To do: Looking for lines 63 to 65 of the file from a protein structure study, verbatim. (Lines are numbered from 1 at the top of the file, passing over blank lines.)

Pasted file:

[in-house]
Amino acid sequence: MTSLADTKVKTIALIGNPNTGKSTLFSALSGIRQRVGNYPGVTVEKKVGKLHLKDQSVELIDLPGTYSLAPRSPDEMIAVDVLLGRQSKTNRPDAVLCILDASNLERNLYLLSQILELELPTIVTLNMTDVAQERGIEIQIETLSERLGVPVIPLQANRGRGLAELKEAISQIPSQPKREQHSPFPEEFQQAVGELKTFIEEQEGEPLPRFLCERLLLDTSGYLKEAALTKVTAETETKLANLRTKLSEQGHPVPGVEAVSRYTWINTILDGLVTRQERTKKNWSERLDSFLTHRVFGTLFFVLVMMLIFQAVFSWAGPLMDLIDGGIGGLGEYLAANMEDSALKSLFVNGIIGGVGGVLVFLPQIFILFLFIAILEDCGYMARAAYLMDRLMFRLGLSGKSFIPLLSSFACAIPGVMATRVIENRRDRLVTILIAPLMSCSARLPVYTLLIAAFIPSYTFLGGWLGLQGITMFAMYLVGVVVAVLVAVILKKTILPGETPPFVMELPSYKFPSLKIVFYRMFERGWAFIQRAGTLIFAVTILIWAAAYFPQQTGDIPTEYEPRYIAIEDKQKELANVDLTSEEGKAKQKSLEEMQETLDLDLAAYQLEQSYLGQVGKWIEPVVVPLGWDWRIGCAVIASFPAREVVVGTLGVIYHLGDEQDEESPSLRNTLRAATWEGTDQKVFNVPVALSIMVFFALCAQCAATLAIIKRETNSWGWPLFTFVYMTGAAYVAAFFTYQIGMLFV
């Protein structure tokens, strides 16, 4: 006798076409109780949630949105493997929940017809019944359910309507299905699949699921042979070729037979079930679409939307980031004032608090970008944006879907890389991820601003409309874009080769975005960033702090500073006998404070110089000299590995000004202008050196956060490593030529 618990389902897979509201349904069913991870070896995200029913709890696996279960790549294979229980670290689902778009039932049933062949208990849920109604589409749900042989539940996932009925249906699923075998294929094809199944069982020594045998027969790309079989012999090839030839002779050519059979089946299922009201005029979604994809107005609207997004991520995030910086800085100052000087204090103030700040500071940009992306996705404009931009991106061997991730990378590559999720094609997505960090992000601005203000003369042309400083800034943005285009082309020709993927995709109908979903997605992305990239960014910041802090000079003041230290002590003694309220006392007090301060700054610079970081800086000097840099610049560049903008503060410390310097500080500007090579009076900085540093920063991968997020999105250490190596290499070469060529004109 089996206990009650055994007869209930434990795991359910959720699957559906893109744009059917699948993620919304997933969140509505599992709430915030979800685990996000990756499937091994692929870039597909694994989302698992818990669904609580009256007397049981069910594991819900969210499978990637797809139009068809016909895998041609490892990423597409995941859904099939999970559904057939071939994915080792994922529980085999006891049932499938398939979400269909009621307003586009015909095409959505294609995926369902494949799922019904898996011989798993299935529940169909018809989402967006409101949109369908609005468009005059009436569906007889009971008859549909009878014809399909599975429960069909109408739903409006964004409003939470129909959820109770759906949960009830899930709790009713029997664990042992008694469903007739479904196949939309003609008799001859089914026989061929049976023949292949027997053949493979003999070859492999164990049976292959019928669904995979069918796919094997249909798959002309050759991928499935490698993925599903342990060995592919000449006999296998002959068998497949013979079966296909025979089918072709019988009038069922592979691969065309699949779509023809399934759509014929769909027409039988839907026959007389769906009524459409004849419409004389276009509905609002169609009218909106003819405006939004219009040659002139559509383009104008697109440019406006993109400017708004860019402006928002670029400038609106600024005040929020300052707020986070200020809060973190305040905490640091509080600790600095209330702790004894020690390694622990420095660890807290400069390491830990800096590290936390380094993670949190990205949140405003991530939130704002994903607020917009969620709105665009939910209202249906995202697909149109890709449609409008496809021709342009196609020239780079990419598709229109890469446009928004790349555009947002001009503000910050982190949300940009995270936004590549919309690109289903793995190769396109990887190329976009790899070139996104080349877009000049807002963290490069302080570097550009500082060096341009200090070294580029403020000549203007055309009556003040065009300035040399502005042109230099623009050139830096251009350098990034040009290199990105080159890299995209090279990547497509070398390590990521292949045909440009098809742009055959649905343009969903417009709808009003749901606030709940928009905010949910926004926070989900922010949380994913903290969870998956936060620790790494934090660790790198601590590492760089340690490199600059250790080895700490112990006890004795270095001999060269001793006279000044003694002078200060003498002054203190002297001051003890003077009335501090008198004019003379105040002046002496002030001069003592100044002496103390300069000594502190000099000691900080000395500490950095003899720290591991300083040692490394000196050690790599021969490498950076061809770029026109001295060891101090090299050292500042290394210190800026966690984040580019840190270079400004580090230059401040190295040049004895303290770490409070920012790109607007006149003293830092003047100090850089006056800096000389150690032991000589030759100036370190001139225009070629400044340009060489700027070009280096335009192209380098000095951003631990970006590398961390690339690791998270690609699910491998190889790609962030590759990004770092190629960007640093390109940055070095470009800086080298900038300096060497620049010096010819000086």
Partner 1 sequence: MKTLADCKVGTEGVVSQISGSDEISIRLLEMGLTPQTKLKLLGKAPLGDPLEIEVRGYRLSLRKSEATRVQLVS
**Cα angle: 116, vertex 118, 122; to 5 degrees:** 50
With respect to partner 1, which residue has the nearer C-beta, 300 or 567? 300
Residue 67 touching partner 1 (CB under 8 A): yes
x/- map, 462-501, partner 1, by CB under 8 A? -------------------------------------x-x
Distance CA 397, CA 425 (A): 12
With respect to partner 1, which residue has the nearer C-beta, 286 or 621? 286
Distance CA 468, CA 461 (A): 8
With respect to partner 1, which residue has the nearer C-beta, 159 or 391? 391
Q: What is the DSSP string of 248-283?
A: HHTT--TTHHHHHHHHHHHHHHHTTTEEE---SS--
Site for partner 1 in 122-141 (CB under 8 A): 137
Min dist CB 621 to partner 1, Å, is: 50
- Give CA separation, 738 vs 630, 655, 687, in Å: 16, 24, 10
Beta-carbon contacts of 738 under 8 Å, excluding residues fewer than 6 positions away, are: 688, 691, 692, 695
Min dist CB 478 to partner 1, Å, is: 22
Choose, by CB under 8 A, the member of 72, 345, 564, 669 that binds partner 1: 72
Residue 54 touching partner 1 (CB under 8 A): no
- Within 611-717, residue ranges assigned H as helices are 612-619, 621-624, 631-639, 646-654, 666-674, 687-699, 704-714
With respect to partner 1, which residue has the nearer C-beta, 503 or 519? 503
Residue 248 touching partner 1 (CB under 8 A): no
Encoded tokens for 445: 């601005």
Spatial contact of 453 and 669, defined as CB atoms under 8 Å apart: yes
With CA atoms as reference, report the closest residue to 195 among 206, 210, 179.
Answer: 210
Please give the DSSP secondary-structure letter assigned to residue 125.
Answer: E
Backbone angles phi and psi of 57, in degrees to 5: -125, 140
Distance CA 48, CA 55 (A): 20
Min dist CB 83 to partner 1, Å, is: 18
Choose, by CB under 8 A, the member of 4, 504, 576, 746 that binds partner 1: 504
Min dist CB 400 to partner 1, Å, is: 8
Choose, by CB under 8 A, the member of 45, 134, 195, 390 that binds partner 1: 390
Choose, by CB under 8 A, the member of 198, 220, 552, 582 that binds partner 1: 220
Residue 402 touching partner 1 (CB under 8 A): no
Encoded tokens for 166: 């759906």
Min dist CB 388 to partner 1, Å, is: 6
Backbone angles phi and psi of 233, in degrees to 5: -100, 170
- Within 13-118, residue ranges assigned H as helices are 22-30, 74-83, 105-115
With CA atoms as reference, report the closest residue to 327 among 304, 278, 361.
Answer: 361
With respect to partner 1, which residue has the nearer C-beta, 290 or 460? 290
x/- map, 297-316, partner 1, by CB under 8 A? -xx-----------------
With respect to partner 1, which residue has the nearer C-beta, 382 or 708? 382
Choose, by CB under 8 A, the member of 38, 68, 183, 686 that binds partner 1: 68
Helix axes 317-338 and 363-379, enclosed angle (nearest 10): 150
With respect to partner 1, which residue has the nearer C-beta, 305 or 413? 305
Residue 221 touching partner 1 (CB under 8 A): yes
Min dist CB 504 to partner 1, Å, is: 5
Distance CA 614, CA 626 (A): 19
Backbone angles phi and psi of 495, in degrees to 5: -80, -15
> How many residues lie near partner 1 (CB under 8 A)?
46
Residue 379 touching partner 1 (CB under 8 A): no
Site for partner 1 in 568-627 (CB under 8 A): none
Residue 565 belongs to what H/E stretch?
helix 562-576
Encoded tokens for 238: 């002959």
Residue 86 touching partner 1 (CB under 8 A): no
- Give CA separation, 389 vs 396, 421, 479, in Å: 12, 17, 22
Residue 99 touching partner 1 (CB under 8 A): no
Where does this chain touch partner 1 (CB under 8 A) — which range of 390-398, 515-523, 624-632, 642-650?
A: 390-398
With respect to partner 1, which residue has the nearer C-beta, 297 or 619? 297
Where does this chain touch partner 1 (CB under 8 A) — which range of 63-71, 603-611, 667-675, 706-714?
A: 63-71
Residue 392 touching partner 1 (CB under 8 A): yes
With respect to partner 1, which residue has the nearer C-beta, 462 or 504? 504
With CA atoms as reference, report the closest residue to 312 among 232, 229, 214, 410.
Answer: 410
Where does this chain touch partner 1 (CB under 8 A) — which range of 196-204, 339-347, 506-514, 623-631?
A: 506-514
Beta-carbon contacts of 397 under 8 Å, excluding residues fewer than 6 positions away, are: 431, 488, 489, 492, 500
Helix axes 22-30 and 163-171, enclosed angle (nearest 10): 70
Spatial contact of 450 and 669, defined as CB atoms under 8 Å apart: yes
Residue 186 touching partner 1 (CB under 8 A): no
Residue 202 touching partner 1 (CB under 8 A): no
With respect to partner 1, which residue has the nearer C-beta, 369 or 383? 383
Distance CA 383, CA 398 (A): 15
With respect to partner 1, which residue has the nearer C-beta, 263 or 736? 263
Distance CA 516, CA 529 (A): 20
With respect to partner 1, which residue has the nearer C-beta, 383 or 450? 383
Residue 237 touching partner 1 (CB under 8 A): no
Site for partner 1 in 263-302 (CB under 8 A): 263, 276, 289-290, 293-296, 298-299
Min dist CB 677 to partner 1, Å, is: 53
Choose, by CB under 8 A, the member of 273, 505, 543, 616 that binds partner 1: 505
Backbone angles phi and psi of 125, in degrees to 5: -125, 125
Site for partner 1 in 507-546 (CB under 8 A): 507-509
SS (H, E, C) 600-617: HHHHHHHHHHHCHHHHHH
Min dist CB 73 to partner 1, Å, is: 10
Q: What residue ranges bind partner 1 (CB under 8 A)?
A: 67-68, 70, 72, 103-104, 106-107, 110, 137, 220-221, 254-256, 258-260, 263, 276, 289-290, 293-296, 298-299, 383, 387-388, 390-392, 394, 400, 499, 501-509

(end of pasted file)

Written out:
- Give CA separation, 389 vs 396, 421, 479, in Å: 12, 17, 22
Residue 99 touching partner 1 (CB under 8 A): no
Where does this chain touch partner 1 (CB under 8 A) — which range of 390-398, 515-523, 624-632, 642-650?